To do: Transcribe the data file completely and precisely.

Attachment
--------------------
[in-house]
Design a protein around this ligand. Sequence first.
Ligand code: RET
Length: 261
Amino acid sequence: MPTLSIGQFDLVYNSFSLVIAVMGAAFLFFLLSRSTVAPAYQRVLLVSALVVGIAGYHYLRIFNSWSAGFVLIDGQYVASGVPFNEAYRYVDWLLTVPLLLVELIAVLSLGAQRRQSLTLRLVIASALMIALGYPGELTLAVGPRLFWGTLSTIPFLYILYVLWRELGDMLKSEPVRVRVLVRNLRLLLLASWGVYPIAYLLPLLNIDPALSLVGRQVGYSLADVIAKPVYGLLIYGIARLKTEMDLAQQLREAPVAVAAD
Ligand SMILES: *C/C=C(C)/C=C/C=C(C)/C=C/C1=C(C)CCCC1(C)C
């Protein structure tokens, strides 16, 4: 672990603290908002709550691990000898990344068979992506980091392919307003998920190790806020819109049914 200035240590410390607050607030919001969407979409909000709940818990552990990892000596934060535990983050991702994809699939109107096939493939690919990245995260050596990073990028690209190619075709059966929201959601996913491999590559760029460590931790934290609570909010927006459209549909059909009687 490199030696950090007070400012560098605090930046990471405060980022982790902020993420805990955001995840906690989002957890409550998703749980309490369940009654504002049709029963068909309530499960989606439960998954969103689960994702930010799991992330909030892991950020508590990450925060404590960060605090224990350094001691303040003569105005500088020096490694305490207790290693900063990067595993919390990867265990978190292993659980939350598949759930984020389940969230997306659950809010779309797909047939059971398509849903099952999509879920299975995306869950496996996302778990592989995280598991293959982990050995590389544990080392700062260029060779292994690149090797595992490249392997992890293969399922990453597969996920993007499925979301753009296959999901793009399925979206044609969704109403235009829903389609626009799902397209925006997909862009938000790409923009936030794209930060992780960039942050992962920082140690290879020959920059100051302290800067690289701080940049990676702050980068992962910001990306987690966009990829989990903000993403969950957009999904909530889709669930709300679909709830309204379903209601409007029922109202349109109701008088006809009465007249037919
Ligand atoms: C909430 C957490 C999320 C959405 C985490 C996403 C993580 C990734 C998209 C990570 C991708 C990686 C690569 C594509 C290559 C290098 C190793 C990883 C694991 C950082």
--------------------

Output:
[in-house]
Design a protein around this ligand. Sequence first.
Ligand code: RET
Length: 261
Amino acid sequence: MPTLSIGQFDLVYNSFSLVIAVMGAAFLFFLLSRSTVAPAYQRVLLVSALVVGIAGYHYLRIFNSWSAGFVLIDGQYVASGVPFNEAYRYVDWLLTVPLLLVELIAVLSLGAQRRQSLTLRLVIASALMIALGYPGELTLAVGPRLFWGTLSTIPFLYILYVLWRELGDMLKSEPVRVRVLVRNLRLLLLASWGVYPIAYLLPLLNIDPALSLVGRQVGYSLADVIAKPVYGLLIYGIARLKTEMDLAQQLREAPVAVAAD
Ligand SMILES: *C/C=C(C)/C=C/C=C(C)/C=C/C1=C(C)CCCC1(C)C
């Protein structure tokens, strides 16, 4: 672990603290908002709550691990000898990344068979992506980091392919307003998920190790806020819109049914 200035240590410390607050607030919001969407979409909000709940818990552990990892000596934060535990983050991702994809699939109107096939493939690919990245995260050596990073990028690209190619075709059966929201959601996913491999590559760029460590931790934290609570909010927006459209549909059909009687 490199030696950090007070400012560098605090930046990471405060980022982790902020993420805990955001995840906690989002957890409550998703749980309490369940009654504002049709029963068909309530499960989606439960998954969103689960994702930010799991992330909030892991950020508590990450925060404590960060605090224990350094001691303040003569105005500088020096490694305490207790290693900063990067595993919390990867265990978190292993659980939350598949759930984020389940969230997306659950809010779309797909047939059971398509849903099952999509879920299975995306869950496996996302778990592989995280598991293959982990050995590389544990080392700062260029060779292994690149090797595992490249392997992890293969399922990453597969996920993007499925979301753009296959999901793009399925979206044609969704109403235009829903389609626009799902397209925006997909862009938000790409923009936030794209930060992780960039942050992962920082140690290879020959920059100051302290800067690289701080940049990676702050980068992962910001990306987690966009990829989990903000993403969950957009999904909530889709669930709300679909709830309204379903209601409007029922109202349109109701008088006809009465007249037919
Ligand atoms: C909430 C957490 C999320 C959405 C985490 C996403 C993580 C990734 C998209 C990570 C991708 C990686 C690569 C594509 C290559 C290098 C190793 C990883 C694991 C950082």